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Crops and climate change

An EU team examined whether crops can grow roots where nutrients are in the soil, finding that maize does do this. The team found that pH is also a key factor in root growth, and developed genetic markers for crop breeding projects.
Crops and climate change
Climate change will mean soil drying, which will affect surface soil availability of water and nutrients for crop species. To adapt, plants will have to develop roots at alternative soil strata, yet complex and poorly understood factors affect plants' ability to do so.

The EU-funded EUROOT (Enhancing resource uptake from roots under stress in cereal crops) project investigated cereal roots. The study precised how such species acquire water and nutrients through their roots, and also how the plants maintain growth under stressful conditions.

Researchers identified genetic markers for various physiological and morphological root traits, to be used for breeding programmes. The group's breeding work helped isolate genes, and illustrated how they may be used in combination for breeding for specific root traits. Studied species included maize, rice, barley and durum wheat.

Results demonstrated that maize responds to deep placement of nutrients by developing roots at the appropriate depth. Such growth may help the plants resist surface soil drying, while also sustaining productivity. Soil pH also had a major influence on the ways roots develop to acquire phosphorus, and therefore the optimal root structure varies according to pH. Such results suggest important implications for screening procedures in breeding programmes and soil management practices.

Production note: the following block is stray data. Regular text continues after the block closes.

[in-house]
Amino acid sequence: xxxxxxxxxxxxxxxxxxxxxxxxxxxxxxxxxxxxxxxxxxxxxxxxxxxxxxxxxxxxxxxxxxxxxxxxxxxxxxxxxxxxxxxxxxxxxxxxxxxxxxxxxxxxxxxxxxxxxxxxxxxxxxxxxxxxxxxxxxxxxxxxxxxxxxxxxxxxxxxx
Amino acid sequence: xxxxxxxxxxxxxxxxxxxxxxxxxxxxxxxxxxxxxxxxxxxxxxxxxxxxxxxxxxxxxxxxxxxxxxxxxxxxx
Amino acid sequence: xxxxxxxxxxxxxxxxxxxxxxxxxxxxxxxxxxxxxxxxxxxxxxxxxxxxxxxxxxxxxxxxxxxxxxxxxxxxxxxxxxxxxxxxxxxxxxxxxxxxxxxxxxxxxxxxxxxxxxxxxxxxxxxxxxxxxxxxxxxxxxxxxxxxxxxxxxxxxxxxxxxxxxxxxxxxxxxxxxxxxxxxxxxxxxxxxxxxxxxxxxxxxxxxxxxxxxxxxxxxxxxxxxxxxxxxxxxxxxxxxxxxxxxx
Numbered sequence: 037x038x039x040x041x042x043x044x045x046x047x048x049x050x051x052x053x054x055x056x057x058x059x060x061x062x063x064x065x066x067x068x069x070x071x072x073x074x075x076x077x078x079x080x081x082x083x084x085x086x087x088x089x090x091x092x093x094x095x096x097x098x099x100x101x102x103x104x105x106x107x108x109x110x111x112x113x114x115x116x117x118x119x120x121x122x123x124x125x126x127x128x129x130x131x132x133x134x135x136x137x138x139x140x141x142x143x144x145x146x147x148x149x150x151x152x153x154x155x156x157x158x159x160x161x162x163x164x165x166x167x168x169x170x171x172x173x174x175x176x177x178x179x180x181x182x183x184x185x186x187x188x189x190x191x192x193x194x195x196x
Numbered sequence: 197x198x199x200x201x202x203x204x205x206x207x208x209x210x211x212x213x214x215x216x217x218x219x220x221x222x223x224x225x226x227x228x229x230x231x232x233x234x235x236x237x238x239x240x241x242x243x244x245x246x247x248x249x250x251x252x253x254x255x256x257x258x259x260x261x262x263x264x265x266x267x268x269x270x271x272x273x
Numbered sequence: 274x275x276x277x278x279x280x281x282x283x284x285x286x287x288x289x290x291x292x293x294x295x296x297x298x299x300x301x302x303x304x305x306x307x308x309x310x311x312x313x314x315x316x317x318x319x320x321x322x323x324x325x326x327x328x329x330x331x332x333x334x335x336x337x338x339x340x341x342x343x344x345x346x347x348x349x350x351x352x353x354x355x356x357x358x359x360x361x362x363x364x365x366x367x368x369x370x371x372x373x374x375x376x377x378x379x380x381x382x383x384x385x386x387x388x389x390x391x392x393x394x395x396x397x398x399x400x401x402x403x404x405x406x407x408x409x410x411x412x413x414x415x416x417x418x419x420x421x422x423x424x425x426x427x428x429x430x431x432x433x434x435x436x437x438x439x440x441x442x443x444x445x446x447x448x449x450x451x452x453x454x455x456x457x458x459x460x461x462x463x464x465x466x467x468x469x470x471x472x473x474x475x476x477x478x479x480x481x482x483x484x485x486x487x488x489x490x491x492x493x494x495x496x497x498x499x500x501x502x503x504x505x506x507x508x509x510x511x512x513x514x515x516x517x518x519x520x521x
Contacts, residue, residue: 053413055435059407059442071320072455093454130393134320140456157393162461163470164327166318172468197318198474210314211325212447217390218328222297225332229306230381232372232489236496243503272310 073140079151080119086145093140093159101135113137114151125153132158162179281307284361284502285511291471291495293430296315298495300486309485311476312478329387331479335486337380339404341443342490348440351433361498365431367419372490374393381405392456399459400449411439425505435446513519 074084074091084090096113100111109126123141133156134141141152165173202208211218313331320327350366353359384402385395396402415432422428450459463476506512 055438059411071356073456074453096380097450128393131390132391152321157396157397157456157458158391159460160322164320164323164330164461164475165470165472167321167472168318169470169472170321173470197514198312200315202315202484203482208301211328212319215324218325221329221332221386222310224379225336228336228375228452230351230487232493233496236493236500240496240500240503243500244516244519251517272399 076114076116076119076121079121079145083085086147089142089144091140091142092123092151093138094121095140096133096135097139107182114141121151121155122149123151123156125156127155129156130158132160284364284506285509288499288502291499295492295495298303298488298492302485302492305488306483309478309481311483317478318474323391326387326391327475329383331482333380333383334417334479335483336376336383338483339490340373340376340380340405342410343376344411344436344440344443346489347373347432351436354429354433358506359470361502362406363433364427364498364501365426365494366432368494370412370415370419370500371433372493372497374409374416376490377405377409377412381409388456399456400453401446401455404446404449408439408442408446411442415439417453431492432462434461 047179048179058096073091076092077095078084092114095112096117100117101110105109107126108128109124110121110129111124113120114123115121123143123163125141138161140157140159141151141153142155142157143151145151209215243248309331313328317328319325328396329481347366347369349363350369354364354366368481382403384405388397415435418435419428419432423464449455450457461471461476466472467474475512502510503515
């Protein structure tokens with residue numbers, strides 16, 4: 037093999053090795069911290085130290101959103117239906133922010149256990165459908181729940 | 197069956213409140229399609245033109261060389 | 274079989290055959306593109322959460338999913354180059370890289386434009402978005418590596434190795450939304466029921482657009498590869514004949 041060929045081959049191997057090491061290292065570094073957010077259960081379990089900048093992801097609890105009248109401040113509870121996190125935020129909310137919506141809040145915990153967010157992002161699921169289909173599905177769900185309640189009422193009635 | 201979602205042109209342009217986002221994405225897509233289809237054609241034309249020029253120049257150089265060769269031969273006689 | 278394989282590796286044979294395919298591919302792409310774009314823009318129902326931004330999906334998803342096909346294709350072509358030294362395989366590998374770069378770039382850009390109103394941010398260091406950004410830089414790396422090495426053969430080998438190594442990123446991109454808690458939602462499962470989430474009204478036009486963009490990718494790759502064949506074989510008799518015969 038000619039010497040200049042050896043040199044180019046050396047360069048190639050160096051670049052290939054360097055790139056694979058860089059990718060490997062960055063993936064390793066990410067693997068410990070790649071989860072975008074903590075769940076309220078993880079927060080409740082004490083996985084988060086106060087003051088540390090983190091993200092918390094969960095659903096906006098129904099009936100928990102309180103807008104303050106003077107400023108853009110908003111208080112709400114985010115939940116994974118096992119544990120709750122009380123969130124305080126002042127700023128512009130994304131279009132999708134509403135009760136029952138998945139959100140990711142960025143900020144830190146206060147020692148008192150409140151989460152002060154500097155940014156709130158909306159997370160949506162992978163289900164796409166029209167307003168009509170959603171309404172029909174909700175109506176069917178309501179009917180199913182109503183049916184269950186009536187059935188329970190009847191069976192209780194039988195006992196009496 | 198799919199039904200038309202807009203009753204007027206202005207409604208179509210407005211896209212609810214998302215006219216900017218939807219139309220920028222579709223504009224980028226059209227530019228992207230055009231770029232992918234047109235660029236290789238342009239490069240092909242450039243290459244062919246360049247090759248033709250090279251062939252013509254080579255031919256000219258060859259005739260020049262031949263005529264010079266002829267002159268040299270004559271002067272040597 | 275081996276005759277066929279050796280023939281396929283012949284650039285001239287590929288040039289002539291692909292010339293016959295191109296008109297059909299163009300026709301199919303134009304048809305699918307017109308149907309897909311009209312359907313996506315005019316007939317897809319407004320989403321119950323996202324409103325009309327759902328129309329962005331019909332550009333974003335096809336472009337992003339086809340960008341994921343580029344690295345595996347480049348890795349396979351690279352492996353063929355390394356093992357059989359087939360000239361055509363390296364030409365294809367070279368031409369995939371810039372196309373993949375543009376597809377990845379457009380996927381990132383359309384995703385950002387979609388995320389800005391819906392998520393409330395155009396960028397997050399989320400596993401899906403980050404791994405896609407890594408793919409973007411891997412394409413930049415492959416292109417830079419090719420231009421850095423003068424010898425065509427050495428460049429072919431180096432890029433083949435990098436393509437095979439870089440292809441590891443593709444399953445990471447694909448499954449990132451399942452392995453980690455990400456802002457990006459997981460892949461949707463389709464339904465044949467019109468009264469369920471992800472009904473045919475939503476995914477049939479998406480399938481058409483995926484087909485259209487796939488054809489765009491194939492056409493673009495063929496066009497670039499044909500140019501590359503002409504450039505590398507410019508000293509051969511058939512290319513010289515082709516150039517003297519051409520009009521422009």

The team also identified hormone and molecular signatures for various rooting responses, dependent on environmental conditions in the soil. Work further revealed the genetic basic for variation of root hydraulic conductance depending on nitrate levels. Results helped researchers develop strategies to optimise water usage under various nitrogen fertiliser conditions.

EUROOT developed several methods of assessing the variation of root structure according to nutrient supply. Methods included a combination of X-ray, computerised tomography and magnetic resonance imaging techniques.

Researchers concluded that barley and maize root traits are highly heritable, and correlated genetic markers with specific root traits. Workers modelled how water and nutrients flow into and around cereal roots, with implications for uptake processes.

The project's results improve understanding of root response to soil environmental conditions. Hence, European agriculture will be better equipped to breed crops more tolerant of a warming climate.

Related information


Life Sciences


Crops, climate change, roots, nutrients, soil, soil drying, EURoot
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